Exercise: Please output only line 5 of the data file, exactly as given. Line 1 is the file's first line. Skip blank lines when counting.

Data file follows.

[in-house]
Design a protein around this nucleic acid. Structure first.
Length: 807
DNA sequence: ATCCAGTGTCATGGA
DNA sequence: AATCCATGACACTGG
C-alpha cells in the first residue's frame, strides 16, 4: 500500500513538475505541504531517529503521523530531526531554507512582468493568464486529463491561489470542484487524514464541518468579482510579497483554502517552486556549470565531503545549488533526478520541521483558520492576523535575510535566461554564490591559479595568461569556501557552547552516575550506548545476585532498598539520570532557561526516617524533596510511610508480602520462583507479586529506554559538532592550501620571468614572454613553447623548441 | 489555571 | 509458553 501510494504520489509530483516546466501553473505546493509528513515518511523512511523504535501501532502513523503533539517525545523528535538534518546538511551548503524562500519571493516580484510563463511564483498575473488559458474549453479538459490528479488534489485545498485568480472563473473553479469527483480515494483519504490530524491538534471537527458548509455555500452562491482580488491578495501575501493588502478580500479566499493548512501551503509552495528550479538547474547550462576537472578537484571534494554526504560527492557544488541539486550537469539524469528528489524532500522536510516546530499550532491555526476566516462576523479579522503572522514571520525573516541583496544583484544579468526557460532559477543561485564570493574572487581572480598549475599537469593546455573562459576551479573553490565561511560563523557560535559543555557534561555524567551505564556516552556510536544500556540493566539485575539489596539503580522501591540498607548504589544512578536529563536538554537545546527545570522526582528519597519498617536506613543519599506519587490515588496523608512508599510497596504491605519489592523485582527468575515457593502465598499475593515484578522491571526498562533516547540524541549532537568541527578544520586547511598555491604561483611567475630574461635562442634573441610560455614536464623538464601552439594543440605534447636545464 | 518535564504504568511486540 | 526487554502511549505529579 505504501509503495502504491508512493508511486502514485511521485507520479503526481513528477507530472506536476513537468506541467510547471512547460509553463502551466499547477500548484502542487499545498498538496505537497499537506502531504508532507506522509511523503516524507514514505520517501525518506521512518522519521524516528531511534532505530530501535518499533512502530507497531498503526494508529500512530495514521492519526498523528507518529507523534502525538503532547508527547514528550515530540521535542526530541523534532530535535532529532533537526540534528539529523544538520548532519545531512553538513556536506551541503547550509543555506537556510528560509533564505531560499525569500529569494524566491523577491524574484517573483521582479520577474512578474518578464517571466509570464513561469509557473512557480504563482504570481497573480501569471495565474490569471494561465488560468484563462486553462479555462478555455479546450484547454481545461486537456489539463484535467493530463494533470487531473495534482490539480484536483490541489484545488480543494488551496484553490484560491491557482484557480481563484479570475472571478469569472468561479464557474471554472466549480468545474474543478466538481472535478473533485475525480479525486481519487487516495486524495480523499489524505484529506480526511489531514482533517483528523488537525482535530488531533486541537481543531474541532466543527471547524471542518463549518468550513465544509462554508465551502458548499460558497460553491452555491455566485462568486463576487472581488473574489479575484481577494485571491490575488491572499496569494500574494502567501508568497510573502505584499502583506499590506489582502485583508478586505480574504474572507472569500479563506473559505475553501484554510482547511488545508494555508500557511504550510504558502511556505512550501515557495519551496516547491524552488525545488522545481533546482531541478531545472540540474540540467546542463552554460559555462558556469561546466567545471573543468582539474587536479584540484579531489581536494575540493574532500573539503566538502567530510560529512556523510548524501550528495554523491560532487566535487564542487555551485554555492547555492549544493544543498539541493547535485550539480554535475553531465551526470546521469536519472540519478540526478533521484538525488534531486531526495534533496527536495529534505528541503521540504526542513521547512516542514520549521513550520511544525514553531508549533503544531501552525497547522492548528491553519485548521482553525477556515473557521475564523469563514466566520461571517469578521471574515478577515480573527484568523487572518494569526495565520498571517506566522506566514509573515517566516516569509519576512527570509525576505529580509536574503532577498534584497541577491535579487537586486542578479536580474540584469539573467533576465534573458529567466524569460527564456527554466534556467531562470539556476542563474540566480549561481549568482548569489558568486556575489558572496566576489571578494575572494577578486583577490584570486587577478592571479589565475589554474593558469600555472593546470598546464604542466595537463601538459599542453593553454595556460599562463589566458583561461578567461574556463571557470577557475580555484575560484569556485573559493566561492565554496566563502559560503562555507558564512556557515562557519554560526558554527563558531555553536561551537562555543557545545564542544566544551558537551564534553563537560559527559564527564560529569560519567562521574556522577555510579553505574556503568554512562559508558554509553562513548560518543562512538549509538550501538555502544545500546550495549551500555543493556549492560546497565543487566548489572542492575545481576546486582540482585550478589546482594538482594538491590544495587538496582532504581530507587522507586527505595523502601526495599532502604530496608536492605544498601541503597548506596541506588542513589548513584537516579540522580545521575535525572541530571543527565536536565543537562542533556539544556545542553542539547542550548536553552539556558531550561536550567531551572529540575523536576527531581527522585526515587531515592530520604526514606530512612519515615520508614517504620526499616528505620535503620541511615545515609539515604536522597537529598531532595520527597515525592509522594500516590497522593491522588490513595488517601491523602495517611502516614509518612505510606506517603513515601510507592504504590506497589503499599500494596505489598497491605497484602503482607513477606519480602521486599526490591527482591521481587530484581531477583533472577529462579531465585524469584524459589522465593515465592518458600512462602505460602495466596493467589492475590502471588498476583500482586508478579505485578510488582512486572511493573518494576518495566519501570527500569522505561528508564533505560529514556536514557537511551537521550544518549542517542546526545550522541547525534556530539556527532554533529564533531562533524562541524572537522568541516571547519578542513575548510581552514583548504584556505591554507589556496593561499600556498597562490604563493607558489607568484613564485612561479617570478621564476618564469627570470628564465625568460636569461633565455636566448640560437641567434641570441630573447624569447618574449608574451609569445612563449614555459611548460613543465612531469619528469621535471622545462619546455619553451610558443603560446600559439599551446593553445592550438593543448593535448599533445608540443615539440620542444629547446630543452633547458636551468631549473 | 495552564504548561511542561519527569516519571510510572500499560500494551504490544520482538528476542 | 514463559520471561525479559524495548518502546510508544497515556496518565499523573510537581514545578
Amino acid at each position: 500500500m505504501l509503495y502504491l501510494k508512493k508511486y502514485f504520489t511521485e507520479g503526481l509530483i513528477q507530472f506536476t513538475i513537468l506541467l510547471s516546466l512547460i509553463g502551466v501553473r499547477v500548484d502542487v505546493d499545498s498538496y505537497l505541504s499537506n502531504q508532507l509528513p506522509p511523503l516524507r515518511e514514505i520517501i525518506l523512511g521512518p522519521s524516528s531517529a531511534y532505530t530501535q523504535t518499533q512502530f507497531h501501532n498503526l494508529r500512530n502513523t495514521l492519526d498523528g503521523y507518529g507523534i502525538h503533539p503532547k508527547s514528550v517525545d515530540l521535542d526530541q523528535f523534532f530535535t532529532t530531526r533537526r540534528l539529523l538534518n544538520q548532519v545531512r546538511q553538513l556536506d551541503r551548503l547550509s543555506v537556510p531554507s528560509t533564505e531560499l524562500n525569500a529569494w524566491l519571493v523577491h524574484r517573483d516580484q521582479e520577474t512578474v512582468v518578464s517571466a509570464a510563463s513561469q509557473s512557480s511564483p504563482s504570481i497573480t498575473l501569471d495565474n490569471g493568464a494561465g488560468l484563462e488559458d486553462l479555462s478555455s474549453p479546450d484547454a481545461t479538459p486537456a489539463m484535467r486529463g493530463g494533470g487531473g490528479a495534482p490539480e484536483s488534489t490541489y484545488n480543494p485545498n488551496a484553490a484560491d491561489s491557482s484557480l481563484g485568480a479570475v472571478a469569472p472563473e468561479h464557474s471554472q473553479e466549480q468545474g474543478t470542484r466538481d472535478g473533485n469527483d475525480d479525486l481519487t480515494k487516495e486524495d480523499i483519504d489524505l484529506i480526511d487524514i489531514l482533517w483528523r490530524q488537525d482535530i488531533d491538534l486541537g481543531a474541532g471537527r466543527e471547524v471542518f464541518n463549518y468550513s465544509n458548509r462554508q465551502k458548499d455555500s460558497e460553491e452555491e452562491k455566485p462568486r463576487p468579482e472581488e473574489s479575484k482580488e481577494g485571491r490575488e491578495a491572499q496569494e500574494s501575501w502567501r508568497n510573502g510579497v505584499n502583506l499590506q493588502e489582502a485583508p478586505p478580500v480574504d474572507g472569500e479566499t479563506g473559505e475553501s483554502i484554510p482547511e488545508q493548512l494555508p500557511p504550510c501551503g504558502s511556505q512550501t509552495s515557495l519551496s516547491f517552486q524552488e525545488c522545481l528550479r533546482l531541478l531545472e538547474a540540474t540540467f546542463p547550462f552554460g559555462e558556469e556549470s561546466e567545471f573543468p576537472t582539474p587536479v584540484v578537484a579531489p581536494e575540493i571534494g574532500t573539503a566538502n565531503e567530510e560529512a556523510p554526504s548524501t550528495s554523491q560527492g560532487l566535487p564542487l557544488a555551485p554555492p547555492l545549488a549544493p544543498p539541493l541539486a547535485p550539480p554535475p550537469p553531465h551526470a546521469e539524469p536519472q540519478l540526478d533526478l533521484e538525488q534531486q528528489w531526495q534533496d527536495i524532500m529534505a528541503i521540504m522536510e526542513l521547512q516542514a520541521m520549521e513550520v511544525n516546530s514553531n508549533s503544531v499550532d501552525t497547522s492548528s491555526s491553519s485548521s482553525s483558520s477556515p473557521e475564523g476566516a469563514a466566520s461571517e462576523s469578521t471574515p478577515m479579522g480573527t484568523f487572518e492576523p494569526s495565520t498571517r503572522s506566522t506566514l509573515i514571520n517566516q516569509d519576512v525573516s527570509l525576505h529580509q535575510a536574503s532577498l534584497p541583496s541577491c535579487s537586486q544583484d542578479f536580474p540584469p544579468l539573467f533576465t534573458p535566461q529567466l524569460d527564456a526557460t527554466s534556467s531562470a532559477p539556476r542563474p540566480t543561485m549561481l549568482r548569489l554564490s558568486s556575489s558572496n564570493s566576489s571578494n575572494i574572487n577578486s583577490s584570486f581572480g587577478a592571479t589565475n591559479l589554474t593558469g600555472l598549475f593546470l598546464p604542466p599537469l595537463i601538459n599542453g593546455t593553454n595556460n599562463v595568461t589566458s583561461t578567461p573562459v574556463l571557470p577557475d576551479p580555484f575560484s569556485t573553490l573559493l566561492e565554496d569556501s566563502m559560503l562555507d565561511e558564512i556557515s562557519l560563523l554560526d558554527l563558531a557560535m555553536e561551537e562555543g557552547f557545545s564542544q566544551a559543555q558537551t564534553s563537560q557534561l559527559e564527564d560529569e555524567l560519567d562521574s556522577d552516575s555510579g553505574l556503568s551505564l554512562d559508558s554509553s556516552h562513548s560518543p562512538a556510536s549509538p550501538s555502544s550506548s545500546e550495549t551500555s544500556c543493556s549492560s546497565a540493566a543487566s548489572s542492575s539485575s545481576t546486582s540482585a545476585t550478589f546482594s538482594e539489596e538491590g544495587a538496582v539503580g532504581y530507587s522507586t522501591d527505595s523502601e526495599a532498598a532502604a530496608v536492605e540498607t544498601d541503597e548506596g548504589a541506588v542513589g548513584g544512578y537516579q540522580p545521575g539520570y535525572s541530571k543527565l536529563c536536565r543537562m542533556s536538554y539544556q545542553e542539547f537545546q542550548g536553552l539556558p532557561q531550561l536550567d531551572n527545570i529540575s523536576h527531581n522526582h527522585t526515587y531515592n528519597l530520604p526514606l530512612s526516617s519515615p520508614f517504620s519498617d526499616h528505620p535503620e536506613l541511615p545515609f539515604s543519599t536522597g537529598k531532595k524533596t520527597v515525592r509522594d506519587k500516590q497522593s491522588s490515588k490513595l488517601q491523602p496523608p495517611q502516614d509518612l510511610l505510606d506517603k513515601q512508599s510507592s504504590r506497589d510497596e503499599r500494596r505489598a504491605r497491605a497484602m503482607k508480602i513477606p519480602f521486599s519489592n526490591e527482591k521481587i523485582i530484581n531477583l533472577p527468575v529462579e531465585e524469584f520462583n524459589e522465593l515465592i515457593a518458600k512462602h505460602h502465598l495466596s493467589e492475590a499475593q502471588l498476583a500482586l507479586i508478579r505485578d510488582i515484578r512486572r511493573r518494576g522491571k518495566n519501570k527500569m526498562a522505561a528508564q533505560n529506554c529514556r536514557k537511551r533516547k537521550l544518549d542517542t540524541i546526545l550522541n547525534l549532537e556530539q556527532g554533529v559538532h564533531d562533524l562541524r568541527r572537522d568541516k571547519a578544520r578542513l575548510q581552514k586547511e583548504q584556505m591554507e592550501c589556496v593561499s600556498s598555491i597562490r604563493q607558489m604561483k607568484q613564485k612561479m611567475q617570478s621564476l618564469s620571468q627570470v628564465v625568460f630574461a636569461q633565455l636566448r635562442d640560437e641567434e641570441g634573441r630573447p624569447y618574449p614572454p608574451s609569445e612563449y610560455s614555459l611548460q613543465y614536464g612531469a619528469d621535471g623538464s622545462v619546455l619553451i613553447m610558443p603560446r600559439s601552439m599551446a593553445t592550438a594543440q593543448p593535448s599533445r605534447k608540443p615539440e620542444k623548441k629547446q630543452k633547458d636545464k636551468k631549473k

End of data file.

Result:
DNA sequence: AATCCATGACACTGG